In operation in connection with the control circuit 50, if the switch 54 is closed, the diodes 94A-94D cause the light-emitting diode 98 to blink (i.e., become dark) at twice the frequency of the power source 32 (e.g., 120 Hz). If the switch 54 is then opened such that the line 68B carries a half-wave rectified signal, the diodes 94A and 94D only allow current to flow through the light-emitting diode 98 for approximately half of a cycle, thereby reducing the blink rate to the frequency of the power source 32 (e.g., 60 Hz). As a result, the signal on the line 108 is either pulsing at 60 Hz or 120 Hz, and can be accordingly analyzed by the microcontroller 72 via any combination of hardware, software, and firmware, the implementation of which is well known to those skilled in the art.

It will be further appreciated by those skilled in the art that a sensing circuit similar to that shown in FIG. 5B may be constructed for use in the embodiment of FIG. 1. For example, such a sensing circuit would still have an optocoupler, albeit with an appropriate current-limiting resistor and blocking diode coupling the optocoupler to the line 44. However, the diodes 94A-94D would be unnecessary because the state of the switch 42 (FIG. 1) would be directly determinative of whether the light-emitting diode should be blinking at all. That is, the line 44 is either floating or carrying an AC signal corresponding to the power line current supplied by the power source. The microcontroller 72 would then receive a pulse stream only when the switch 42 permits the AC signal to reach the sensing circuit.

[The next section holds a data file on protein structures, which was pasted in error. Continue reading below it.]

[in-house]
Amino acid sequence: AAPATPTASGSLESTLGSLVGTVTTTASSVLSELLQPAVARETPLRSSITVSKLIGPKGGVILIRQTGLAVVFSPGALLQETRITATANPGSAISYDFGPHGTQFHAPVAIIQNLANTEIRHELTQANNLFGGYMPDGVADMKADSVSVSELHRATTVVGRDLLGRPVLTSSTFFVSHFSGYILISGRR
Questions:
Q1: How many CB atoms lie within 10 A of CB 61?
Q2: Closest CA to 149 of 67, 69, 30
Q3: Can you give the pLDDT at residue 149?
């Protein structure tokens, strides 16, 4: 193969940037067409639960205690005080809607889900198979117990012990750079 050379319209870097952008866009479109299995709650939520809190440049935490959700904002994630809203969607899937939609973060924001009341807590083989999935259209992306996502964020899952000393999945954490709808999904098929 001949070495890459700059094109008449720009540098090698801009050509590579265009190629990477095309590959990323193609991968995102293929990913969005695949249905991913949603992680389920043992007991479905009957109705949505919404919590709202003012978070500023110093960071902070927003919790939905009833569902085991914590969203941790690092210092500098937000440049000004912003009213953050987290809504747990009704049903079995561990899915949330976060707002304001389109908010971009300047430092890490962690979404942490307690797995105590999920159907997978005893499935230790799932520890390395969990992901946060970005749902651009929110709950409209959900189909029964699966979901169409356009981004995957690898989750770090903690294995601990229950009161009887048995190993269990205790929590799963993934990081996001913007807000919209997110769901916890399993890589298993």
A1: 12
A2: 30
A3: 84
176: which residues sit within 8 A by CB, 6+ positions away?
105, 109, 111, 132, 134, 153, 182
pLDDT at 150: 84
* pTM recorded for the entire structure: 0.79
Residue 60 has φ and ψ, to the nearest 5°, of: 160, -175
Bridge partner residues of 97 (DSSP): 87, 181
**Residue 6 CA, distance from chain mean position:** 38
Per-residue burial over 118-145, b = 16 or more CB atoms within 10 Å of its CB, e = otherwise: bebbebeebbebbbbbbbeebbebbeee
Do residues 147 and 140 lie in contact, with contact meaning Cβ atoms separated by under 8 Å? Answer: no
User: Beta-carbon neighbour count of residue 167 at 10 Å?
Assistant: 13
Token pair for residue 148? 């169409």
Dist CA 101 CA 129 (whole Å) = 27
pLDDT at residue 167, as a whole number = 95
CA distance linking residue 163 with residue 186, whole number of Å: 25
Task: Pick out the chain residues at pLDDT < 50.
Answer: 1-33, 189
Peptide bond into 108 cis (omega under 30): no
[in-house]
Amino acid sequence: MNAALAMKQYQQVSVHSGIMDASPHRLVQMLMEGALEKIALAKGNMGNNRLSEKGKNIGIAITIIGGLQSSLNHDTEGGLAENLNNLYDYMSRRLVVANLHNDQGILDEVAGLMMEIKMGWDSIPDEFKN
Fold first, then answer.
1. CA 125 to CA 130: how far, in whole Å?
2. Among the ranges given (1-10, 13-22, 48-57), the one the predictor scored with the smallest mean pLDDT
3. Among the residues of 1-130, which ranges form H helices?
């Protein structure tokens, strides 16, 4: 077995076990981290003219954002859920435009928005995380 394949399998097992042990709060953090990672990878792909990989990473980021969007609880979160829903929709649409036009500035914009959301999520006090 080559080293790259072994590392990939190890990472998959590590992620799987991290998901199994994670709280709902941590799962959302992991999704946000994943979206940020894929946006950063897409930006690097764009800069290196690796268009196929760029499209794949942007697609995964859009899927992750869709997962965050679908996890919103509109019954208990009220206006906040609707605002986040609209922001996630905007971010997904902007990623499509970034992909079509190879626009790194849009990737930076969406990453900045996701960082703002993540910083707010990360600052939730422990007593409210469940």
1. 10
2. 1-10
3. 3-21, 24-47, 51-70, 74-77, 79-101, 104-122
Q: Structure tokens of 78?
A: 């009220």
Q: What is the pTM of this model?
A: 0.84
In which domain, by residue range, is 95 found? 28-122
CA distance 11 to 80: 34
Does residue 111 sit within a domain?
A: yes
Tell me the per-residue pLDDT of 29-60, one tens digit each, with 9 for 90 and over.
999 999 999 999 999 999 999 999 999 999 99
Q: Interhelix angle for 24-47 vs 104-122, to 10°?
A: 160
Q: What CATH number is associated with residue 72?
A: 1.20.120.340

FIG. 6 is a schematic diagram of a control circuit 120 according to another embodiment of the present invention, shown together with components of the pump-motor assembly 22. Elements in common with prior embodiments and figures have been identified with like reference numerals. Unlike the embodiment of FIG. 2, the control circuit 120 comprises a bypass circuit coupled to only one of the power conductors L1 or L2 (as shown, L2) such that a resistor 122 and a diode 124 are connected in series across a triac 126. In this manner, the bypass circuit is connected in parallel with the triac 126. The triac 126 may be replaced by a conventional contactor switch or any other type of semiconductor switching device known to those skilled in the art. The particular type of switch, however, is preferably capable of withstanding a large number of switching cycles over the course of the lifetime of the system 10. In this regard, the triac 126 is well-suited for practice of the present invention.